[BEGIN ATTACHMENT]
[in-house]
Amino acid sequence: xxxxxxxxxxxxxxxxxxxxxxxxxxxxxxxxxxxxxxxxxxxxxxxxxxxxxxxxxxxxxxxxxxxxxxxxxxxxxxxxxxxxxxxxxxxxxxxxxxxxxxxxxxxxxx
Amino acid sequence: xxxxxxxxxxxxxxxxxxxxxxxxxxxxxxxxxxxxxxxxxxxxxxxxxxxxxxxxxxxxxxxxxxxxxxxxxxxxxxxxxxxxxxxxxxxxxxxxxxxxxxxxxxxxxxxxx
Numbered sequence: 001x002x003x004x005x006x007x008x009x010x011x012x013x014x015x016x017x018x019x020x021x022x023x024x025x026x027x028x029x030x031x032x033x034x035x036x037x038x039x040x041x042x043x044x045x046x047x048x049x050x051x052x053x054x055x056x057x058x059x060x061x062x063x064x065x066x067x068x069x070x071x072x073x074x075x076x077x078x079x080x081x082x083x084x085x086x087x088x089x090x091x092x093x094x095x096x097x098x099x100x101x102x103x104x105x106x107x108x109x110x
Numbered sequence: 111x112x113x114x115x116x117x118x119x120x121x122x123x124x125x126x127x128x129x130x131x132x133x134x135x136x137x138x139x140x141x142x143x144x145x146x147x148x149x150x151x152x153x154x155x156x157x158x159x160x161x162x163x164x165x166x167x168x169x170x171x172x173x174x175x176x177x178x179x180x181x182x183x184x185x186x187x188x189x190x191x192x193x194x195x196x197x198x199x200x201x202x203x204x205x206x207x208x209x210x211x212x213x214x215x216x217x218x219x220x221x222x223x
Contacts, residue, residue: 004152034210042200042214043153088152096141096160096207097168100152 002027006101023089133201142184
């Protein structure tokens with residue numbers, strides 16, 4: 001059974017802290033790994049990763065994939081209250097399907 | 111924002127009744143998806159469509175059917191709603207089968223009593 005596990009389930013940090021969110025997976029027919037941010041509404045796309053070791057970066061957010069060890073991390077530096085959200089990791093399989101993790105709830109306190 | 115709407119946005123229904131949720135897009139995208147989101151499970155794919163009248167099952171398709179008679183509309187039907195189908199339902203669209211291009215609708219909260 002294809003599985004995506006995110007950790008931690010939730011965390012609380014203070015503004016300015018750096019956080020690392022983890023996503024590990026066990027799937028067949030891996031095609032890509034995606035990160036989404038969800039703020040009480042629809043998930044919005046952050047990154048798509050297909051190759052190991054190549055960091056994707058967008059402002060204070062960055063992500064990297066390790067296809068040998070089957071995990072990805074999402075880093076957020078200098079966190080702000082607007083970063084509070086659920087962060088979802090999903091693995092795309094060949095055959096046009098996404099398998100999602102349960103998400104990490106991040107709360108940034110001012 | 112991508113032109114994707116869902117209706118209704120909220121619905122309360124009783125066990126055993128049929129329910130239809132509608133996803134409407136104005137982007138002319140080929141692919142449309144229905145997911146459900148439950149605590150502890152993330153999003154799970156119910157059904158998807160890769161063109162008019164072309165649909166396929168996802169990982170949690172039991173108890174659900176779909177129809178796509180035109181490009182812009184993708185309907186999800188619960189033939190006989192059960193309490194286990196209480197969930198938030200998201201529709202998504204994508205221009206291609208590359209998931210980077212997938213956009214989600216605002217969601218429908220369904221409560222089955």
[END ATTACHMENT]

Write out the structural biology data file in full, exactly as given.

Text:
[in-house]
Amino acid sequence: xxxxxxxxxxxxxxxxxxxxxxxxxxxxxxxxxxxxxxxxxxxxxxxxxxxxxxxxxxxxxxxxxxxxxxxxxxxxxxxxxxxxxxxxxxxxxxxxxxxxxxxxxxxxxx
Amino acid sequence: xxxxxxxxxxxxxxxxxxxxxxxxxxxxxxxxxxxxxxxxxxxxxxxxxxxxxxxxxxxxxxxxxxxxxxxxxxxxxxxxxxxxxxxxxxxxxxxxxxxxxxxxxxxxxxxxx
Numbered sequence: 001x002x003x004x005x006x007x008x009x010x011x012x013x014x015x016x017x018x019x020x021x022x023x024x025x026x027x028x029x030x031x032x033x034x035x036x037x038x039x040x041x042x043x044x045x046x047x048x049x050x051x052x053x054x055x056x057x058x059x060x061x062x063x064x065x066x067x068x069x070x071x072x073x074x075x076x077x078x079x080x081x082x083x084x085x086x087x088x089x090x091x092x093x094x095x096x097x098x099x100x101x102x103x104x105x106x107x108x109x110x
Numbered sequence: 111x112x113x114x115x116x117x118x119x120x121x122x123x124x125x126x127x128x129x130x131x132x133x134x135x136x137x138x139x140x141x142x143x144x145x146x147x148x149x150x151x152x153x154x155x156x157x158x159x160x161x162x163x164x165x166x167x168x169x170x171x172x173x174x175x176x177x178x179x180x181x182x183x184x185x186x187x188x189x190x191x192x193x194x195x196x197x198x199x200x201x202x203x204x205x206x207x208x209x210x211x212x213x214x215x216x217x218x219x220x221x222x223x
Contacts, residue, residue: 004152034210042200042214043153088152096141096160096207097168100152 002027006101023089133201142184
């Protein structure tokens with residue numbers, strides 16, 4: 001059974017802290033790994049990763065994939081209250097399907 | 111924002127009744143998806159469509175059917191709603207089968223009593 005596990009389930013940090021969110025997976029027919037941010041509404045796309053070791057970066061957010069060890073991390077530096085959200089990791093399989101993790105709830109306190 | 115709407119946005123229904131949720135897009139995208147989101151499970155794919163009248167099952171398709179008679183509309187039907195189908199339902203669209211291009215609708219909260 002294809003599985004995506006995110007950790008931690010939730011965390012609380014203070015503004016300015018750096019956080020690392022983890023996503024590990026066990027799937028067949030891996031095609032890509034995606035990160036989404038969800039703020040009480042629809043998930044919005046952050047990154048798509050297909051190759052190991054190549055960091056994707058967008059402002060204070062960055063992500064990297066390790067296809068040998070089957071995990072990805074999402075880093076957020078200098079966190080702000082607007083970063084509070086659920087962060088979802090999903091693995092795309094060949095055959096046009098996404099398998100999602102349960103998400104990490106991040107709360108940034110001012 | 112991508113032109114994707116869902117209706118209704120909220121619905122309360124009783125066990126055993128049929129329910130239809132509608133996803134409407136104005137982007138002319140080929141692919142449309144229905145997911146459900148439950149605590150502890152993330153999003154799970156119910157059904158998807160890769161063109162008019164072309165649909166396929168996802169990982170949690172039991173108890174659900176779909177129809178796509180035109181490009182812009184993708185309907186999800188619960189033939190006989192059960193309490194286990196209480197969930198938030200998201201529709202998504204994508205221009206291609208590359209998931210980077212997938213956009214989600216605002217969601218429908220369904221409560222089955």